I spent my Friday afternoons suffering in an oncology waiting room (that smelled sterile and like bad air freshener) for Andy. Other patients and their caretakers sat in the uncomfortable chairs waiting for treatment, too. The “plus-ones,” caretakers invited in for moral support, were waiting for their loved one to be called in for treatment – and they usually were loved ones – only to wait again for them to come out, sedated, and carrying the discharge instructions.
I stared off into the TV, trying to ignore the sensationalist news. Is there radioactive waste in the sewers? More after this break. This cable news channel had the senior demographic wrapped up – preying on fears of big government taking away rights, medical malpractice, inferior vaginal mesh. There were commercials for medical implants and personal injury lawyers, perfectly curated for a hospital. My favorite was for a catheter: an old woman (on a couch) and a middle aged man (in a wheelchair) sat, knee to knee:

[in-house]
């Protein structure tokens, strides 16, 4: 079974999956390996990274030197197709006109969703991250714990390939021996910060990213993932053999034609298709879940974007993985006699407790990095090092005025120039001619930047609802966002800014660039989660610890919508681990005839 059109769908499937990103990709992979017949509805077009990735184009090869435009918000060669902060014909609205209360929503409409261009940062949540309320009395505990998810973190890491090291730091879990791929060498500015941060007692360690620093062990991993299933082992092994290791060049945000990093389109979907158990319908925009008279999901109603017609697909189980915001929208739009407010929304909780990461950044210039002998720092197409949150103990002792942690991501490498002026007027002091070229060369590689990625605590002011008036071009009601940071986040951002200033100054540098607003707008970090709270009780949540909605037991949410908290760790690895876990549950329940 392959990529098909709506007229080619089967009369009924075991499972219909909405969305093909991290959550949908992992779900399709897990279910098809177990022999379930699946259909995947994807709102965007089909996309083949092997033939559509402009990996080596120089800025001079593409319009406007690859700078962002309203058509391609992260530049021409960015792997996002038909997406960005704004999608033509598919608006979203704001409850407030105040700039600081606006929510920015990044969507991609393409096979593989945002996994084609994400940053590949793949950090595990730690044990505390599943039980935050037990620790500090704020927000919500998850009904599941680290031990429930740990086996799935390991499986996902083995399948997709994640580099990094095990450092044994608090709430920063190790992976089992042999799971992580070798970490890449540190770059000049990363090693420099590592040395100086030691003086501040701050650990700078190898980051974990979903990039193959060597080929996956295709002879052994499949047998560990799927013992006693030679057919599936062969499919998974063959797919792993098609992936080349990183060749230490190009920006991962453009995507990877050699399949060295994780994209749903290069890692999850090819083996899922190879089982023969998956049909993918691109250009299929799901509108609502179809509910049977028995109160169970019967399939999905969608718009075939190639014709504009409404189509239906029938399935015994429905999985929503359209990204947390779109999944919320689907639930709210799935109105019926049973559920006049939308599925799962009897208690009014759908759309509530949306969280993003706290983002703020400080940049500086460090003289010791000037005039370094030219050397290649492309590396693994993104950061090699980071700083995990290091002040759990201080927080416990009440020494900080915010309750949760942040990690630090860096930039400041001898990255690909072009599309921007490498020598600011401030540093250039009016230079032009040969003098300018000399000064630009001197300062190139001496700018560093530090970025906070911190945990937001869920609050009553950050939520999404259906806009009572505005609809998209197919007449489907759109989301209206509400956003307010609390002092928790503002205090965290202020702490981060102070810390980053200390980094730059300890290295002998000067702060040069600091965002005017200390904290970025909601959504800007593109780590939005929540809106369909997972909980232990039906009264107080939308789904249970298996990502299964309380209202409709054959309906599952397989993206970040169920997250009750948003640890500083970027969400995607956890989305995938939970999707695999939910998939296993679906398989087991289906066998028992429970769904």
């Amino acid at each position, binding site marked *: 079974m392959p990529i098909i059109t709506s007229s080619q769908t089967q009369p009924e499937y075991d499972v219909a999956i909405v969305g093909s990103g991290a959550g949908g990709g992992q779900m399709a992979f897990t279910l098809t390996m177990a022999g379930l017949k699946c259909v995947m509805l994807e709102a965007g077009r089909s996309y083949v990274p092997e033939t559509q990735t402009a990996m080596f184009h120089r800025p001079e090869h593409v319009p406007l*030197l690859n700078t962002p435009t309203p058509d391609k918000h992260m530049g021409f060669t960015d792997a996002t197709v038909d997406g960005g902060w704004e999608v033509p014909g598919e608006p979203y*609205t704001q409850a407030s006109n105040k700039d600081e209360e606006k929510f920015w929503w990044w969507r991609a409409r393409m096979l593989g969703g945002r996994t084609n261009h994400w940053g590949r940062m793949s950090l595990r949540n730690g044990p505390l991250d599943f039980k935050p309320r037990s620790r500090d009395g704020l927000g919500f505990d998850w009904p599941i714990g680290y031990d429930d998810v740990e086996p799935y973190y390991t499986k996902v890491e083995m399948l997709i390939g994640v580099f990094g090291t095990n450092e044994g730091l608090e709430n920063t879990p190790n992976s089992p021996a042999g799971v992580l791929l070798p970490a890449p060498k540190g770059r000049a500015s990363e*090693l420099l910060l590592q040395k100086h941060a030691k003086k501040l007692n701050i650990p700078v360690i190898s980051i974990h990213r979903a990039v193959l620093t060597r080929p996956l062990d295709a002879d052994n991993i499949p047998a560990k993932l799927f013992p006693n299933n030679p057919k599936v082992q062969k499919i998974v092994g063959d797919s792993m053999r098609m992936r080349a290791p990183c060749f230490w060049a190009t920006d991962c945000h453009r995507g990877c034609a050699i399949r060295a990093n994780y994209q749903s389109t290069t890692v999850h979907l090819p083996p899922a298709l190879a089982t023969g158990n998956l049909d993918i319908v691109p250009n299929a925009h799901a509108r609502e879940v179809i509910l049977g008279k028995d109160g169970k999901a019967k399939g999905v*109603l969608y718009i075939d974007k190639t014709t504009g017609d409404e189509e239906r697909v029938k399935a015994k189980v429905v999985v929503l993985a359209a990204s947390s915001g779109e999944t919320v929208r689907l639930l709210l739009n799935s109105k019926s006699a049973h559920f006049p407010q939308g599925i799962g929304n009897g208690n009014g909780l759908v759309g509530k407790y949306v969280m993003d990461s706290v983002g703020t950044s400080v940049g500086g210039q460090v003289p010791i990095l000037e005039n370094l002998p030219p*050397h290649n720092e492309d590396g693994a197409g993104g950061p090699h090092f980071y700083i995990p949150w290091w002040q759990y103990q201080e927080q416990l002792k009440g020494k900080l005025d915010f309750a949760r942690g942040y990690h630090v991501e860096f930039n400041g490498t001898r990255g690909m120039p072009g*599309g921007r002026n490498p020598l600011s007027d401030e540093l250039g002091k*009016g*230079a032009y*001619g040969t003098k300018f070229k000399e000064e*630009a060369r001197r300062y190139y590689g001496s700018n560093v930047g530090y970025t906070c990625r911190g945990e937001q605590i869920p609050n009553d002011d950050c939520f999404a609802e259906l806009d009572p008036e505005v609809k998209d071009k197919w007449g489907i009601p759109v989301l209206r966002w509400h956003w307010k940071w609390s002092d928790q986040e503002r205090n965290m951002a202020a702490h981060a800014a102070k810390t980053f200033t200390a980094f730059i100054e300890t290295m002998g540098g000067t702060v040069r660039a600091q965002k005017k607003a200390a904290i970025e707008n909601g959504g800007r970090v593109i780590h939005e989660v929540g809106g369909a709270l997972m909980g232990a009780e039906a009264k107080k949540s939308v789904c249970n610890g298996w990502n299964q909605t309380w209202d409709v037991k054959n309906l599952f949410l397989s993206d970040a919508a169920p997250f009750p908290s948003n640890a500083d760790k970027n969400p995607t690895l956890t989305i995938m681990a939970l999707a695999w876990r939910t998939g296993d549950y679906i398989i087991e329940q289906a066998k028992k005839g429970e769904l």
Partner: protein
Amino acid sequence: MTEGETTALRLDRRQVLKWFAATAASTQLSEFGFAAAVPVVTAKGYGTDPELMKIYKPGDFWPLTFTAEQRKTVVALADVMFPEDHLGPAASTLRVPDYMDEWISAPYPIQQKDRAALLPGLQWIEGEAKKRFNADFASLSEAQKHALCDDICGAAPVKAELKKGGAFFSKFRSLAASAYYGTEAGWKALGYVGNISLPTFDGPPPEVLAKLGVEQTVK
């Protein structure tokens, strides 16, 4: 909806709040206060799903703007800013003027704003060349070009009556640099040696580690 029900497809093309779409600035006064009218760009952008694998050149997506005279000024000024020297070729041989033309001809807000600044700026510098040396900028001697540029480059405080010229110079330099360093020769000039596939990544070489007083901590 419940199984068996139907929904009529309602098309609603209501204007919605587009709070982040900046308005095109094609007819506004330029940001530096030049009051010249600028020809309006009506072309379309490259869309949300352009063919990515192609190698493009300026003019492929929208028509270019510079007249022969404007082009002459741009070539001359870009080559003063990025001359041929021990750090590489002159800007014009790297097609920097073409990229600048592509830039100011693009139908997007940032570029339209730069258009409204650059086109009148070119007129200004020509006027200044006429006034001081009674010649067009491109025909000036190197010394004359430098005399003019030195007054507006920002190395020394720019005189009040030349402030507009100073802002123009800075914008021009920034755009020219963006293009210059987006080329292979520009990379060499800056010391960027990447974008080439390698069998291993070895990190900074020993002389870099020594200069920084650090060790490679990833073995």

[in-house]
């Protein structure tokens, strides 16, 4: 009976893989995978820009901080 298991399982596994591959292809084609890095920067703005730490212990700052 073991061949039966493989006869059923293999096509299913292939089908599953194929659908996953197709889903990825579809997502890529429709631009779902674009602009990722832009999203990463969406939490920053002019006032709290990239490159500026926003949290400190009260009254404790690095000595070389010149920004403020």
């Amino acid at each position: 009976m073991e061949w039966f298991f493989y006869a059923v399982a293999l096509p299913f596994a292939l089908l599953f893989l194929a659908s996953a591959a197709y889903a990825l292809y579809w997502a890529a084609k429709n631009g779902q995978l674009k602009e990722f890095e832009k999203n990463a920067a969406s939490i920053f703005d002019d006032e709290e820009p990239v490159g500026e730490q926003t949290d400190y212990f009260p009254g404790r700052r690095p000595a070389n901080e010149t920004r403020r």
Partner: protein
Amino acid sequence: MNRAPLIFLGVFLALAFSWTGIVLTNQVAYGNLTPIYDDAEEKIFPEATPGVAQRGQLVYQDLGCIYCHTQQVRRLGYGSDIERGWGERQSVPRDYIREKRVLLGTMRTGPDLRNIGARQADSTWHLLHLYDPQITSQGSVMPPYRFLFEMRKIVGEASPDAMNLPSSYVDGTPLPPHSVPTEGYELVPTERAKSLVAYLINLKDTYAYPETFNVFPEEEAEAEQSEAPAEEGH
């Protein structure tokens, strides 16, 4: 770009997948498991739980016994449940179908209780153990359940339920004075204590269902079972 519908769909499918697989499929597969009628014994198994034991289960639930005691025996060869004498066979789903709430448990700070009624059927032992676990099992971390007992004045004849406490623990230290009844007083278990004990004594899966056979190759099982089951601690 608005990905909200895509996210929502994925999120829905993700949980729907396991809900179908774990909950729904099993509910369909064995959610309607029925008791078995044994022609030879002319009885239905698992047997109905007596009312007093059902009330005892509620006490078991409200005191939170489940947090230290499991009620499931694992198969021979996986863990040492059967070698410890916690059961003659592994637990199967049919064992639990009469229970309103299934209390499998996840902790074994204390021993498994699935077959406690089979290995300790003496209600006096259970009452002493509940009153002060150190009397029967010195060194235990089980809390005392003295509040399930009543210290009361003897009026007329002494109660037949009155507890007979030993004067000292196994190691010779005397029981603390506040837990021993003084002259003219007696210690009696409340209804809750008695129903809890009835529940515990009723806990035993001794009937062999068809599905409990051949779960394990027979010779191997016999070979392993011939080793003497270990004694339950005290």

“I use catheters. It’s so messy and expensive!” the white haired woman said, wringing her hands together.
“I’m worried about infections,” the man said and reached out to touch his costar.
“I wish there were a better way!” they both cried out.
I leaned back and wondered where I could get these magical, easier to use catheters for all my pissing-in-a-bag needs. I wrote myself a note: order catheters. Neither Andy nor I needed them, but we were never sure what the next side effect would be.
The door to the treatment room opened and a man hobbled out and crumpled into the chair across from me. He smelled like he had been sterilized and doused in the same bad air freshener. But the smell of sickness still oozed out of his pores – it was in his hair, on his breath – the smell was thick and hung around my head like smoke. I watched the man out of my peripherals – he was waiting on his significant other, his loved one.
He was just like my Andy waiting for me. Maybe she would walk him down to the cat, drive him home, and tuck him into bed. He would sleep all of the next day, she would leave him alone and go to work. By Tuesday or Wednesday he was coming out of his pharmaceutical stupor. By Thursday he felt great and visited work, but was never strong enough to actually finish anything. Then he got the treatment again and the cycle started over again. I knew after laying in a hospital bed, hooked up to an IV and with that week’s worth of poison flushed through his system to kill what ailed him, Andy would smell like that when he came out, too.